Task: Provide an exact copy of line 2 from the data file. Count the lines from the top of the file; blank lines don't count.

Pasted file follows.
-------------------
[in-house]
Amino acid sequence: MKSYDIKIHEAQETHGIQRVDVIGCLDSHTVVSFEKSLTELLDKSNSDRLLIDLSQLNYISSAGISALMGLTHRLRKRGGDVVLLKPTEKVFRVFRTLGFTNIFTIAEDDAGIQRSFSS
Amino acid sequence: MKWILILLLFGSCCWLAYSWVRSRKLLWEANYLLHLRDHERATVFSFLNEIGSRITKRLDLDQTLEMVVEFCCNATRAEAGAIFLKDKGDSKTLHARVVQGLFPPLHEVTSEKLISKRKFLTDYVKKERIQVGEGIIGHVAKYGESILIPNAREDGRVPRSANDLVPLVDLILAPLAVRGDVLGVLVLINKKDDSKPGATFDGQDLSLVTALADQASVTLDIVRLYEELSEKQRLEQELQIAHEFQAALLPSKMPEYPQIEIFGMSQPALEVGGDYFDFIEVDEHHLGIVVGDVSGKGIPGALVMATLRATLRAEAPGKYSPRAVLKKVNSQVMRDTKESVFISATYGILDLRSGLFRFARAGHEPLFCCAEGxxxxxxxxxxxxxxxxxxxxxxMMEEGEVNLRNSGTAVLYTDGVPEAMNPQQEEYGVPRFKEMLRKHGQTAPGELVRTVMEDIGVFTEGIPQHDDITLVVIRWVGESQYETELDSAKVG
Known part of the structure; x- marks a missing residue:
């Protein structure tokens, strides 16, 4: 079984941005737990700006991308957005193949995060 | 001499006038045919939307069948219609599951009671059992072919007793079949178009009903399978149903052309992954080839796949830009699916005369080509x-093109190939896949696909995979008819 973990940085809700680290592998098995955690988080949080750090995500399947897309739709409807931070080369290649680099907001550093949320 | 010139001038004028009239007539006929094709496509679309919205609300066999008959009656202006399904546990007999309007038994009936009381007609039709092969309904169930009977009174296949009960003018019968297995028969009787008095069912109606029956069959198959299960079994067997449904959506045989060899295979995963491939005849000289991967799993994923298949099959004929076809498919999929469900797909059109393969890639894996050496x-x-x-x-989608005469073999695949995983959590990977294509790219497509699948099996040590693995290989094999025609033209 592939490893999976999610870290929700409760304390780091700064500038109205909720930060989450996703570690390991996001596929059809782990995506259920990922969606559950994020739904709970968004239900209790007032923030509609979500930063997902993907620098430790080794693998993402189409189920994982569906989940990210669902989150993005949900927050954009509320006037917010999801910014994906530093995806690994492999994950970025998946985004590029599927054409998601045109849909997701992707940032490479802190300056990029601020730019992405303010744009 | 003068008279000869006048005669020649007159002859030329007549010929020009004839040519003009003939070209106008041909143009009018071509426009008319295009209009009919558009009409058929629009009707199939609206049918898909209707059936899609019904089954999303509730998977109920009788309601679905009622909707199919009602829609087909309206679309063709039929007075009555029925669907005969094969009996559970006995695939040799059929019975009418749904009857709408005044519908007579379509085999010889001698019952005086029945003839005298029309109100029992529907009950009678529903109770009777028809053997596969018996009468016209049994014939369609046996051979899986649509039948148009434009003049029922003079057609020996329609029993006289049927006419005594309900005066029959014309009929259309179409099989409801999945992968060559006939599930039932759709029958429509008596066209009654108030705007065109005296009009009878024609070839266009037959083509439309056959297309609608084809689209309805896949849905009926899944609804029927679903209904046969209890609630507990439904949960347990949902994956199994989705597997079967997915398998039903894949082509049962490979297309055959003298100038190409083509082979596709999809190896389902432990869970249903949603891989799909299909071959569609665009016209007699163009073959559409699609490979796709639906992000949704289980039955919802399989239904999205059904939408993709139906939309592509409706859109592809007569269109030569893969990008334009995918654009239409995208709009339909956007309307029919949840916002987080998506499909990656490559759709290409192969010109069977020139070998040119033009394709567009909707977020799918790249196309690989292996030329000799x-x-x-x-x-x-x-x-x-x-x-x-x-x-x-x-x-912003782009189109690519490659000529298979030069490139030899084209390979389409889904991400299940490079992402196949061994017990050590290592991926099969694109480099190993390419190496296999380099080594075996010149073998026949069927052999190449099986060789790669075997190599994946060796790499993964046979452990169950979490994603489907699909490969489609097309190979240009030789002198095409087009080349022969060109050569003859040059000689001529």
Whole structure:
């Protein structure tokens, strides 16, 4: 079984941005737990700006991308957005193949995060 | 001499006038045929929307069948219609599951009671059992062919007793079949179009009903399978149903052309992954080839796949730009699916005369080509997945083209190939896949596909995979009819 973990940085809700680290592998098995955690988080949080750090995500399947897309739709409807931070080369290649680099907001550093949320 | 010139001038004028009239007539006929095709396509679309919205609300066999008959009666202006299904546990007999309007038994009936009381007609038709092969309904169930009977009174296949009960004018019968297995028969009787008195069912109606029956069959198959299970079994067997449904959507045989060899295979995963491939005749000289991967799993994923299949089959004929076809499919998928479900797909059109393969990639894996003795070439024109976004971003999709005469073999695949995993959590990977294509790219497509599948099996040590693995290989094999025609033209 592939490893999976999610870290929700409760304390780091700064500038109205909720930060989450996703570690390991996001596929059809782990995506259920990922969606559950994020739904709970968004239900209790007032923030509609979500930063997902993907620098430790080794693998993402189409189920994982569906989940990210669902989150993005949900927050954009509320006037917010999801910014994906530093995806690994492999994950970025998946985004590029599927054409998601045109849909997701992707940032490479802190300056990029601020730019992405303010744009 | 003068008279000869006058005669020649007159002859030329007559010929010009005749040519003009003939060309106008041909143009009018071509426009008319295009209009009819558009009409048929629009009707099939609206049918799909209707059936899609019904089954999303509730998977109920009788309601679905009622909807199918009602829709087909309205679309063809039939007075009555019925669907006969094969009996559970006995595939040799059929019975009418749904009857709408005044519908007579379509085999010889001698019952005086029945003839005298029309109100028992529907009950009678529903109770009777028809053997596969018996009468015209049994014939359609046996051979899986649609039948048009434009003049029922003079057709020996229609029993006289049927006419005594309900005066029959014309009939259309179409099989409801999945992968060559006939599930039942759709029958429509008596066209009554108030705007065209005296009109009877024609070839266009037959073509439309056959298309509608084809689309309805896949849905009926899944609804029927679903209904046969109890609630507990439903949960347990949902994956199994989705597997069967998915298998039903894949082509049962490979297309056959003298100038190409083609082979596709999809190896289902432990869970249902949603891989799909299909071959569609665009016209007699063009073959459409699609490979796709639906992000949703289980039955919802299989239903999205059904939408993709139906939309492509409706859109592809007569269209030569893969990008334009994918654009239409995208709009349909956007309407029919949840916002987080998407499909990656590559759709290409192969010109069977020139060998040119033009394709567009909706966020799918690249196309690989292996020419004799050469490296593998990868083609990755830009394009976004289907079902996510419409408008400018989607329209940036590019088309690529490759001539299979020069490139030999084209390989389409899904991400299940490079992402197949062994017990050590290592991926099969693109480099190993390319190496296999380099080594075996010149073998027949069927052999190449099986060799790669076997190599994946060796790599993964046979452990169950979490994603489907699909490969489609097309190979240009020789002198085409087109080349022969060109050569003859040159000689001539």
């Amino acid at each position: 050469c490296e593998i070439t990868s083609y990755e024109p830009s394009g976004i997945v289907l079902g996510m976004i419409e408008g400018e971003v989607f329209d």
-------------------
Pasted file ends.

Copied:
Amino acid sequence: MKSYDIKIHEAQETHGIQRVDVIGCLDSHTVVSFEKSLTELLDKSNSDRLLIDLSQLNYISSAGISALMGLTHRLRKRGGDVVLLKPTEKVFRVFRTLGFTNIFTIAEDDAGIQRSFSS